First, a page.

A couple of weeks ago I read a blog post that warns writers away from publishing author newsletters.
The blogger included a couple of quotes from writers who advocate not using an author newsletter. She even referenced Anne R. Allen’s recent blog post about readers not wanting a “personal relationship” with authors. Finally she wrote “News flash: Not every reader is a groupie. As a matter of fact, most don’t want their privacy violated. Most don’t care about an author’s personal life.”
All of which left me shaking my head.
First of all, when an author shares details (real or fictional) about his or her personal life, how does that “violate” the reader’s privacy?
Second, I have to wonder where the blogger came up with the statistic that “most” readers don’t care about an author’s personal life? Do you suppose she actually interviewed a significant number of readers (say, a million)? Or is it more likely she was just making an unsupported blanket statement?
So here’s my own news flash: It isn’t your job to pre-judge what readers want to read. Your job is to write. The reader’s job is to decide what he or she likes.
Understand, I don’t really care what readers want, other than to read my books. But I care a great deal that yet one more respected figure out there is slopping advice on a wall without bothering to think of the impact it might have.
As you probably know, I don’t have an author newsletter, though I’m hoping the new manager of my publishing company, StoneThread Publishing, will start one soon specifically to announce and talk about my books. I’m pretty prolific, and books don’t announce themselves.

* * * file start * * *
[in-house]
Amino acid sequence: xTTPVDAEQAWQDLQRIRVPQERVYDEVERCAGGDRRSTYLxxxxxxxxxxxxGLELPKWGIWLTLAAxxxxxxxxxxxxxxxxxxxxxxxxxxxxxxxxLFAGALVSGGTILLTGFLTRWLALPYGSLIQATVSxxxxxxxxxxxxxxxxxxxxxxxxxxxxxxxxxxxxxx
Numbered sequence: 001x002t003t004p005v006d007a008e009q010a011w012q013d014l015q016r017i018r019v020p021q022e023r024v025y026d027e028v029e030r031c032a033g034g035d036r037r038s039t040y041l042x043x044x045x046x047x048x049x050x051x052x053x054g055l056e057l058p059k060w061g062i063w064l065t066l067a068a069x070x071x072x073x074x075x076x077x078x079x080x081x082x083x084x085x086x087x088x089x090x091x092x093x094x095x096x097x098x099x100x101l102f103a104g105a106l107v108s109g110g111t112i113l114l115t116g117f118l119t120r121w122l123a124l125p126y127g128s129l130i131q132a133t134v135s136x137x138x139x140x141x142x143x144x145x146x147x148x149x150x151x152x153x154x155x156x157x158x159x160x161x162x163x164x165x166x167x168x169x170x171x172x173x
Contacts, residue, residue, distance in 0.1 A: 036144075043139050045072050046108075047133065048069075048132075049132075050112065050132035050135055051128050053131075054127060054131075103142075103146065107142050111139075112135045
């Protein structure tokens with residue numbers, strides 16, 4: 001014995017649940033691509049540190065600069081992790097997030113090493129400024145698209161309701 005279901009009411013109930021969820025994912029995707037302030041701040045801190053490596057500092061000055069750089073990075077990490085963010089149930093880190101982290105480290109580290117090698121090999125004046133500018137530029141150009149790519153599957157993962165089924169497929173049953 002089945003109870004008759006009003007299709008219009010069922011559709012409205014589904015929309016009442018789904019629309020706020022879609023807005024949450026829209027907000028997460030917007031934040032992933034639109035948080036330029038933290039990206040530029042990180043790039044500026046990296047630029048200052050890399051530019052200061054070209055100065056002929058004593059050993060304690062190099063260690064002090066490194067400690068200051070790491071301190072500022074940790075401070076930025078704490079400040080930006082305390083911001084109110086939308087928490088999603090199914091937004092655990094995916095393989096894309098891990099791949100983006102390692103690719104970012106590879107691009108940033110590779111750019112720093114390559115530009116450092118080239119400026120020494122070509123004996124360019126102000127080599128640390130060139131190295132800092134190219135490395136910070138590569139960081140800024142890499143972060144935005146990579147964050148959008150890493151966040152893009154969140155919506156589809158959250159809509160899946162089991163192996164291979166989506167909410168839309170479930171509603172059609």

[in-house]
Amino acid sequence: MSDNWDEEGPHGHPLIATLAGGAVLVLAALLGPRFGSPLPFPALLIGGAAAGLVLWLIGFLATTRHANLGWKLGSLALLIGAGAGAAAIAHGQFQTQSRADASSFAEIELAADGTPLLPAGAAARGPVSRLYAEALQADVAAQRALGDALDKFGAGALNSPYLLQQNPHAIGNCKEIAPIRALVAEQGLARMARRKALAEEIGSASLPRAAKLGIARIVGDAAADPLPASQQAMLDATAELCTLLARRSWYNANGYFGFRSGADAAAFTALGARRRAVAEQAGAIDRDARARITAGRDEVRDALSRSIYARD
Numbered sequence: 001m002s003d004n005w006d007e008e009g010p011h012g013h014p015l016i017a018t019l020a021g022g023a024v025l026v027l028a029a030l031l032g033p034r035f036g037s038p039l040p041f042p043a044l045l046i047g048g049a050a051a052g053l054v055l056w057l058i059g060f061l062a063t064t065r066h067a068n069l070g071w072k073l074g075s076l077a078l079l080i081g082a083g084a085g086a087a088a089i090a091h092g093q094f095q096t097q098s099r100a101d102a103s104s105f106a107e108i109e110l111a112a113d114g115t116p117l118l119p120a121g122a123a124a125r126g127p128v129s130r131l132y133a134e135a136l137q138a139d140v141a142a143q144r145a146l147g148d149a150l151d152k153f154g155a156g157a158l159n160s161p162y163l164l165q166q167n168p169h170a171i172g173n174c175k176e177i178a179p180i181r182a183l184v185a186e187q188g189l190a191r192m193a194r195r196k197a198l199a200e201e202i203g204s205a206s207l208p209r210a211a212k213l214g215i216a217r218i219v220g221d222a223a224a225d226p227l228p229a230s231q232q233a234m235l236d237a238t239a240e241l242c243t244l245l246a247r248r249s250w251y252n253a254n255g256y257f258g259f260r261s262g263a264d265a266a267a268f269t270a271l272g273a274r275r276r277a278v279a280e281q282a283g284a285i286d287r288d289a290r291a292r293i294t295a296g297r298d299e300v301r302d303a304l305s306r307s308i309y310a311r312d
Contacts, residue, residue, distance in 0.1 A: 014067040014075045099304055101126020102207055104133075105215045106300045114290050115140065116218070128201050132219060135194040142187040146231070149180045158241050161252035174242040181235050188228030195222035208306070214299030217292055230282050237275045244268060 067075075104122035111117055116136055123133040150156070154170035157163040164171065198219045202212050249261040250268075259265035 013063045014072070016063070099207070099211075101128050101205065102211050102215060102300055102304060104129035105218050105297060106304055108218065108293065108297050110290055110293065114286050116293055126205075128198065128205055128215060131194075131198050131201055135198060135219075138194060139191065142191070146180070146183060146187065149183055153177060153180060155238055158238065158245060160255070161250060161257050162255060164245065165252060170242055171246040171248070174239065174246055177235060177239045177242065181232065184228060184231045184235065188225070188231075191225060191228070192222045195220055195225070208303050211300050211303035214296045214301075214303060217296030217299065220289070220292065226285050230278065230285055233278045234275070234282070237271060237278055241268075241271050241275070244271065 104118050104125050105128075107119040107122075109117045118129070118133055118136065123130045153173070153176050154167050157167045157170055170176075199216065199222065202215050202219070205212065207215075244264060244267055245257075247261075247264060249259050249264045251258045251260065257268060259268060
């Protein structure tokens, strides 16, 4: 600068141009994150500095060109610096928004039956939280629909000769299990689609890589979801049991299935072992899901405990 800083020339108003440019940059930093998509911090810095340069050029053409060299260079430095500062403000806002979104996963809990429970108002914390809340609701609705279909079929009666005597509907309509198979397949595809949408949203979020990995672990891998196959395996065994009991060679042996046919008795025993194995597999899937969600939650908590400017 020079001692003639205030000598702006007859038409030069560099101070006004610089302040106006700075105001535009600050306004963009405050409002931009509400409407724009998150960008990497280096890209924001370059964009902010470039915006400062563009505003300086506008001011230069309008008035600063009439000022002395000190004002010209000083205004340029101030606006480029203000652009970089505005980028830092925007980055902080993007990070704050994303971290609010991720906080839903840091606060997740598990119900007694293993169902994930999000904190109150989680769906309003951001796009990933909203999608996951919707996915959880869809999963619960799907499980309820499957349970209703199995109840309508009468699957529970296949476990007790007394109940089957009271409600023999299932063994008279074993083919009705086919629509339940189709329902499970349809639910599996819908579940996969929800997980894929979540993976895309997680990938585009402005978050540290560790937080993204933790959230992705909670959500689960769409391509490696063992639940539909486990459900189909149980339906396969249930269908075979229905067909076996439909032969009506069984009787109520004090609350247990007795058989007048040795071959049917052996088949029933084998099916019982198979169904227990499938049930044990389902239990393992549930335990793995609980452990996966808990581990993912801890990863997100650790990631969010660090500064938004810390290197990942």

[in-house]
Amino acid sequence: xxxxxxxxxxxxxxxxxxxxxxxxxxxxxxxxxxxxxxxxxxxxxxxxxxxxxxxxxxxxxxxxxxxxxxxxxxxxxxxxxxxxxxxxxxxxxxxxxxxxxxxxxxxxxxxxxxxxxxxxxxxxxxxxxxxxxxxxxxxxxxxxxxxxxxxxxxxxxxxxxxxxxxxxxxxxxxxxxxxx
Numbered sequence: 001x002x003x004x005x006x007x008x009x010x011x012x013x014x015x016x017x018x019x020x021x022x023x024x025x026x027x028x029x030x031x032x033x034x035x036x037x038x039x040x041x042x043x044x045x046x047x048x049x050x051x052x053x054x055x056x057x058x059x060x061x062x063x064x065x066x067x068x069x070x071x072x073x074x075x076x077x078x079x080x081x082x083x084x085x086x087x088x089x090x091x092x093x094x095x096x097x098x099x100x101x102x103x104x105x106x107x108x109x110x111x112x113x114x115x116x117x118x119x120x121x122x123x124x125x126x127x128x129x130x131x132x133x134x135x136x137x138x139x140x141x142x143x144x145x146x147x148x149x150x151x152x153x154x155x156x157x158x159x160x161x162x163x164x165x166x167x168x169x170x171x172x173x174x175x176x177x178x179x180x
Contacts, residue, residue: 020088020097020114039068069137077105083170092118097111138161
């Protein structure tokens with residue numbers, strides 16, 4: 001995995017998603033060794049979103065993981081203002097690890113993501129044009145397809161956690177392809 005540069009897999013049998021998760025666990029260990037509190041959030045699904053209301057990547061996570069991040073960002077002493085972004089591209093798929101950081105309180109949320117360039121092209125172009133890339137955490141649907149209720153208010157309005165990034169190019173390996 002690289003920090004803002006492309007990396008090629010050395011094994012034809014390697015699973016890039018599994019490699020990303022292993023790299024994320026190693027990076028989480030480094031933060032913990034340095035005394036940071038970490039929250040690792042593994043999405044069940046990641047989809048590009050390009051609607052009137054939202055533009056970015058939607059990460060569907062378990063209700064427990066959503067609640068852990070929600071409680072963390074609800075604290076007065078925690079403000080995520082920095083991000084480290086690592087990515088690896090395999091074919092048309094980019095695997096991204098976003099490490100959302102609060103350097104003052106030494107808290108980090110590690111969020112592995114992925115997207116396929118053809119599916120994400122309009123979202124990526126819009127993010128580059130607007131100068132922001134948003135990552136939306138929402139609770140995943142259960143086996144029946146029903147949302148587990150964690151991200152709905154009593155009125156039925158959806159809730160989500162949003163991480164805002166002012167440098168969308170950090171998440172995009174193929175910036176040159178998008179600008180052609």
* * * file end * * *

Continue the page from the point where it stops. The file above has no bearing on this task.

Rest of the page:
That being said, you also probably know that for the past few years I’ve published a Journal over at HEStanbrough.com almost every day.
Admittedly, the Journal is mostly for writers, but I often publish a “topic” on writing, and in each edition I publish my own numbers, occasional info on my own books, and tidbits about my personal life (vignettes, really).
Some subscribers are there for the writing tips. Some are there for motivation, to see what they can accomplish if they apply themselves and stick to it. And some are there for the personal insights. I suspect many are there for a combination of those.
My point is that blanket statements, by their very nature, never work.
The fact is that some readers are naturally curious and want to feel they “know” you better. (As an aside, that doesn’t make them “groupies.”) Other readers couldn’t care less about the personal stuff. And the old truism applies: You can’t please everyone.
So the secret, I think, to writing an author newsletter (or regular blog) is to please yourself and be consistent. And the key to consistency in blogging, as it is in fiction, is to write what you want to write and let the readers decide what they like or don’t like.
If you aren’t comfortable sharing personal information, don’t. If you are, do. My (almost) daily Journal, to me, is chatting over the back fence with friends, some of whom are readers and some of whom are other writers.
And I’m very glad they’re there (and that you’re here), no matter the reason.
‘Til next time, happy writing!